The first hurdle I must overcome in this classroom of life is agonizing over making the “right” decision. There is no right decision. No matter what decision I make, it will teach me a valuable lesson about myself. The only way I’m going to find out which of these voices inside my head truly reflects my heart’s wishes is by listening to them. It’s time for me to start studying myself as an impartial observer. I’ll make decisions and let go of worrying about whether or not they are the “right” ones. I will never be able to know that. What I can observe, though, is how different decisions make me feel. Hopefully by being mindful of this trial and error process, someday I will be able to truly connect with that evasive intuition.

For now, I am just going to keep reminding myself that it’s okay to not know. I don’t need to always have the answer. It’s okay to trip and fall along the way. It’s okay to make the “wrong” decision. It’s okay to feel disconnected from myself, from my body and my spirit. I forgive myself for all of it. I’m learning how to rebuild that connection. With so much external stimulation bombarding us at every moment, it’s no surprise that I have a hard time sifting through the noise and hearing my true self clearly. There is no shame in that. I often get so frustrated by not knowing that I forget how much I love learning. How sad it would be to know everything. I am so grateful for the complexity of this world and of myself. Whatever you choose to focus on there is always more to learn. It’s time I got excited to learn about me, to tap into my inner wisdom and honor how unique and intriguing I really am.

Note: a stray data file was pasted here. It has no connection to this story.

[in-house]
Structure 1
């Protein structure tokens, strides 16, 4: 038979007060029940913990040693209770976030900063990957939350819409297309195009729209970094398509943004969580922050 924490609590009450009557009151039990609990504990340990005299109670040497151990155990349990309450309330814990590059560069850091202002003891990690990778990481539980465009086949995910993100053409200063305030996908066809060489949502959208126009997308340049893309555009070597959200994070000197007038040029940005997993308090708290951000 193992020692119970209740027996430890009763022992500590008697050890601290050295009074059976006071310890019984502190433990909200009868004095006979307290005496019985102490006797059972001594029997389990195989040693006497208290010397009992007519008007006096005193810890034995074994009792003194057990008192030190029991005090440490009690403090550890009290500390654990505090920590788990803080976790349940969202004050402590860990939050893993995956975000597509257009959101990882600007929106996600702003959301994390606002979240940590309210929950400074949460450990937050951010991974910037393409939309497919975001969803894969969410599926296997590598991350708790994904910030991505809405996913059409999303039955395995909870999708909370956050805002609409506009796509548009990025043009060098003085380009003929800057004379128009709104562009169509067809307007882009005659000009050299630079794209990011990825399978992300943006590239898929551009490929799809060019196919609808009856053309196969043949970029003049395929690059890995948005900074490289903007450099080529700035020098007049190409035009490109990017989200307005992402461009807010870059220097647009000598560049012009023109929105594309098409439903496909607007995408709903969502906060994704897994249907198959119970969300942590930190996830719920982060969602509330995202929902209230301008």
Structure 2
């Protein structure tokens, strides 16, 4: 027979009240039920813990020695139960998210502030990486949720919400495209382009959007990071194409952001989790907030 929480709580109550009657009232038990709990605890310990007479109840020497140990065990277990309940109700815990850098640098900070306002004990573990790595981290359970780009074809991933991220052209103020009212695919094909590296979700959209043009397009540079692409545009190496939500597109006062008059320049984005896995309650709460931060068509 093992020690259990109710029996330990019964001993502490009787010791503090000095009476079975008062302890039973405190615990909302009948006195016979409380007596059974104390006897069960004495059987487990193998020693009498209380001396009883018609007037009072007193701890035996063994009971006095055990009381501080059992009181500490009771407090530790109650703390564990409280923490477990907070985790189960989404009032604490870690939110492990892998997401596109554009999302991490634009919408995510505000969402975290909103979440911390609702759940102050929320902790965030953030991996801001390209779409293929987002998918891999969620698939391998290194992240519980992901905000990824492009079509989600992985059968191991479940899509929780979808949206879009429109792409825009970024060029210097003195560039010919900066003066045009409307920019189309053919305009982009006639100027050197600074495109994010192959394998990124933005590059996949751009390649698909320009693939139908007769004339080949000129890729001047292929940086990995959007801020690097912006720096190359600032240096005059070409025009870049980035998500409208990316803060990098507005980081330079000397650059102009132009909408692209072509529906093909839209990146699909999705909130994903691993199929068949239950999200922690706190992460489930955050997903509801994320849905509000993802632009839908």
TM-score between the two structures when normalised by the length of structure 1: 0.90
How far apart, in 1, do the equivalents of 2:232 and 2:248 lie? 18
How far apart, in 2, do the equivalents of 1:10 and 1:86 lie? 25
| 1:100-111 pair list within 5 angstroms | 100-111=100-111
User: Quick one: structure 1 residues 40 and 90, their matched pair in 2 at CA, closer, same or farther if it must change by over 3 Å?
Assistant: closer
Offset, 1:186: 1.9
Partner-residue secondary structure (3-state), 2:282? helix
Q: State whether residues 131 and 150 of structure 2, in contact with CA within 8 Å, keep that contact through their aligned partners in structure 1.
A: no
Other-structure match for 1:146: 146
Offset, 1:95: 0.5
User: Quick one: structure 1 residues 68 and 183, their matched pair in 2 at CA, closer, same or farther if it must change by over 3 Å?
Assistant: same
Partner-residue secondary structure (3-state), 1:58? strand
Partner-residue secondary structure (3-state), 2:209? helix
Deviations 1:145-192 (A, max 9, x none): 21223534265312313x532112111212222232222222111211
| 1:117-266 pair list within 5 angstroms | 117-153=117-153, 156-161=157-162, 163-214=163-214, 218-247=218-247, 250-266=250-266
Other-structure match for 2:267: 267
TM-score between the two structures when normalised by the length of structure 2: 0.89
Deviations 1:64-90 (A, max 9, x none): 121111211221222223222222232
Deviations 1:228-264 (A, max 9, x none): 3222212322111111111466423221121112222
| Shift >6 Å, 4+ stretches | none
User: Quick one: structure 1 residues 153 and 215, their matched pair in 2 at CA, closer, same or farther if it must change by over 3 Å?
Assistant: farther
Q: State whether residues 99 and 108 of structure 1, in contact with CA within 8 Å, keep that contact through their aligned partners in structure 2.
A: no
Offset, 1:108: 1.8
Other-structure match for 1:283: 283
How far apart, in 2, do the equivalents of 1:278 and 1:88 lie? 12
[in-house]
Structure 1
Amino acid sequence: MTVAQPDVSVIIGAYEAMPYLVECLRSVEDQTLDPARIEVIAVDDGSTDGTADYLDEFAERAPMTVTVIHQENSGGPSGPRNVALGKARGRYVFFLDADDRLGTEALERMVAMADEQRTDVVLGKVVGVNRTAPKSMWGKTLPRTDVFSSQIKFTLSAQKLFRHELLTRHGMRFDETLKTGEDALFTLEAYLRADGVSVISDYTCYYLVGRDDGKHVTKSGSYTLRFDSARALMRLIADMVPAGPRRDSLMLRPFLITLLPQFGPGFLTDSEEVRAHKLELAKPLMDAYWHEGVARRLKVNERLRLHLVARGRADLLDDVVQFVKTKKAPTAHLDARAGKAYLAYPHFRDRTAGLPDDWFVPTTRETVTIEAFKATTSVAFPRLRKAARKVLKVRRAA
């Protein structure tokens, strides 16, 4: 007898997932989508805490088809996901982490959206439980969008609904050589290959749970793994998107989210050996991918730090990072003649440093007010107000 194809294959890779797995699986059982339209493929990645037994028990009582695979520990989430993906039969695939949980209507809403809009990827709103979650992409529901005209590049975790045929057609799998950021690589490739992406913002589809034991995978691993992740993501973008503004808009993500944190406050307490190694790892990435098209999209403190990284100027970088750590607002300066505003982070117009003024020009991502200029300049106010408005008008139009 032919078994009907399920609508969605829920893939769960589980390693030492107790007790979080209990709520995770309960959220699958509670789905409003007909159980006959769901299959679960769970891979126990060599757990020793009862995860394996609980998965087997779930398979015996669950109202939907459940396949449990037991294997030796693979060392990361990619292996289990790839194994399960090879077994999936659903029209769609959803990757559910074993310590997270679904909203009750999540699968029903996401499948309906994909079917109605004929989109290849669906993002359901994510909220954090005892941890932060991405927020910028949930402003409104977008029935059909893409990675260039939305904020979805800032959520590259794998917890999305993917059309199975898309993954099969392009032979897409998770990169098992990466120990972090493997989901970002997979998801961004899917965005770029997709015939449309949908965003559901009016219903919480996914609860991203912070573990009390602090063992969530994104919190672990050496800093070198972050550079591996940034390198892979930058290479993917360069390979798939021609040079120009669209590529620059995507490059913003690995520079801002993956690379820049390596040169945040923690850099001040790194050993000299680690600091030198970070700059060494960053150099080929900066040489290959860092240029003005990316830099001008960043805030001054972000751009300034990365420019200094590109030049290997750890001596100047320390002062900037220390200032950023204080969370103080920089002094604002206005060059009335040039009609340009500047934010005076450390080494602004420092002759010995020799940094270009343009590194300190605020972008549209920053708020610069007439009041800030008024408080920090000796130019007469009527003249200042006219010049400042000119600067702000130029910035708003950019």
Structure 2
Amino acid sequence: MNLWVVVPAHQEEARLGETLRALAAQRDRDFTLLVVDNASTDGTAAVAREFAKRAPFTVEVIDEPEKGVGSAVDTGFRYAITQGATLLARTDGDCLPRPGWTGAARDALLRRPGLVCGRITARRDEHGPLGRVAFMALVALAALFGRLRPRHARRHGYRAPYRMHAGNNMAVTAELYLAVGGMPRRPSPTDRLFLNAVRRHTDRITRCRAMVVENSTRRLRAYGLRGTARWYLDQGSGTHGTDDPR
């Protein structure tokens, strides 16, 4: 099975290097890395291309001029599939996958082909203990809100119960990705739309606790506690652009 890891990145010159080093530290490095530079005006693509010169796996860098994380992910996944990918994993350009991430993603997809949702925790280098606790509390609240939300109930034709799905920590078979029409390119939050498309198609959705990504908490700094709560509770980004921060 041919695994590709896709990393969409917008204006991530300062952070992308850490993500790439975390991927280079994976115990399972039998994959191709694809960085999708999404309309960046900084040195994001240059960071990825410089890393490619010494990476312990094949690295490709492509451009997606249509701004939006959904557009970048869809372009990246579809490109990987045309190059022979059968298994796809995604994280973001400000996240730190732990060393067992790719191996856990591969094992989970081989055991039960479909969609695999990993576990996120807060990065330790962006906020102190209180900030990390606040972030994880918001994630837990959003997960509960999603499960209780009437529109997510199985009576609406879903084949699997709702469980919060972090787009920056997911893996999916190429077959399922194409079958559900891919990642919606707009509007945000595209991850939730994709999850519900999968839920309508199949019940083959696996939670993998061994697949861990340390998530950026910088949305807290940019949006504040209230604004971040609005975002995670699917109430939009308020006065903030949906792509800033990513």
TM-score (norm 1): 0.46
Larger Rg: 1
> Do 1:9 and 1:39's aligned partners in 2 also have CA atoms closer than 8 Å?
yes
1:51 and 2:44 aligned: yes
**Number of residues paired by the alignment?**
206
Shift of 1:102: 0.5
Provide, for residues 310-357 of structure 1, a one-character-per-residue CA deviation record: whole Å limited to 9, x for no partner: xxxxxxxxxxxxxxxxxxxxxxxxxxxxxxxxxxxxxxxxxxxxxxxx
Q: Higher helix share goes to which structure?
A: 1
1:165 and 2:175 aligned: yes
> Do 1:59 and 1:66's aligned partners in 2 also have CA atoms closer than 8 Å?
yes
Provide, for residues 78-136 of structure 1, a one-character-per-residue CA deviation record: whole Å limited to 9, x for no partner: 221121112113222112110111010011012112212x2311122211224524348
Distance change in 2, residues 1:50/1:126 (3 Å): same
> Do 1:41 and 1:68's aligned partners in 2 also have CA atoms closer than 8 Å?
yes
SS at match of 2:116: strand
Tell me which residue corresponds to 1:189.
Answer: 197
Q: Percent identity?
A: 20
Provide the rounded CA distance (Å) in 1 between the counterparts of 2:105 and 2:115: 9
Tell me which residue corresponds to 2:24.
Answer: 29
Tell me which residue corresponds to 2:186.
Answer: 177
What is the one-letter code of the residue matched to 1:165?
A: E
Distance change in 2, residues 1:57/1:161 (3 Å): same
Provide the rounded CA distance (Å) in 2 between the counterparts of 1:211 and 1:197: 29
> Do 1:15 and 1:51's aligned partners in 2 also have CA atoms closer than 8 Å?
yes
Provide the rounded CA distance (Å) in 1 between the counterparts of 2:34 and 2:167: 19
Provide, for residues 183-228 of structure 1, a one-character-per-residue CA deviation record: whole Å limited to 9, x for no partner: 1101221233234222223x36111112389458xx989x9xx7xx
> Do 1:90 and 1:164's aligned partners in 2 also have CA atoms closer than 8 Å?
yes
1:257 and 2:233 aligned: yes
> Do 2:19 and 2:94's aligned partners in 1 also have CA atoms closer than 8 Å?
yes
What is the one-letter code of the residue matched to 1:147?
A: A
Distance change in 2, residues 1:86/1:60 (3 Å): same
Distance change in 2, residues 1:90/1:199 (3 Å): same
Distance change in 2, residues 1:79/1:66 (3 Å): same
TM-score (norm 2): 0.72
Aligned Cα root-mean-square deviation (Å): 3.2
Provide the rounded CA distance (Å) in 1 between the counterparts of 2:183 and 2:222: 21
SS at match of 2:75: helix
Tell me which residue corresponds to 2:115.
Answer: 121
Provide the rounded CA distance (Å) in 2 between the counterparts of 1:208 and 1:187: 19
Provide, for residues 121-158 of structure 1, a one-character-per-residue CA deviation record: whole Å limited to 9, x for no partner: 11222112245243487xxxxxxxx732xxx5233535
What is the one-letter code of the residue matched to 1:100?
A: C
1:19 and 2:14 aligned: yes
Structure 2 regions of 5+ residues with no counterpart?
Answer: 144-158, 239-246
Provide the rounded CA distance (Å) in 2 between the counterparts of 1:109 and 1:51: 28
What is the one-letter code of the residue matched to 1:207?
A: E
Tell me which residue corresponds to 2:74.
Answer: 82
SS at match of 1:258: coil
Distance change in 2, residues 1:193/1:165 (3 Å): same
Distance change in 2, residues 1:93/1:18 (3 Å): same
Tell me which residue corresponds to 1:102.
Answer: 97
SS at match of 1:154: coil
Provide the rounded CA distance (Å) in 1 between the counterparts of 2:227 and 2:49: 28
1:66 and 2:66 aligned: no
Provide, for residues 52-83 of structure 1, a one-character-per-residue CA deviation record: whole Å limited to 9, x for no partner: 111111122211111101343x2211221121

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Sinking Ship

This year my place of employment took a huge hit financially. The state drastically cut our funding. On top of that we haven’t really been able to fundraise like we normally do because of Covid. It seems like everyone has been staying pretty positive on the surface. Up until recently I’ve just been trying not to think about it and hoping it will all turn out okay somehow. This place has been around for over 11 years after all. But with our therapist leaving for another job this August, I’m really starting to wonder if I should be exploring other job options too.

I really would like to stay here forever. I’ve said that many times, but it’s true. This place is better than I ever imagined any job could be. I actually look forward to coming here everyday. I feel like I’m just spending time with friends most days. However, I know that’s going to change somewhat without our current therapist being here. It’s really going to be sad to see her go. I hope that we’ll be able to remain friends, but she seems so busy and I’ve never been good at maintaining friendships in the past.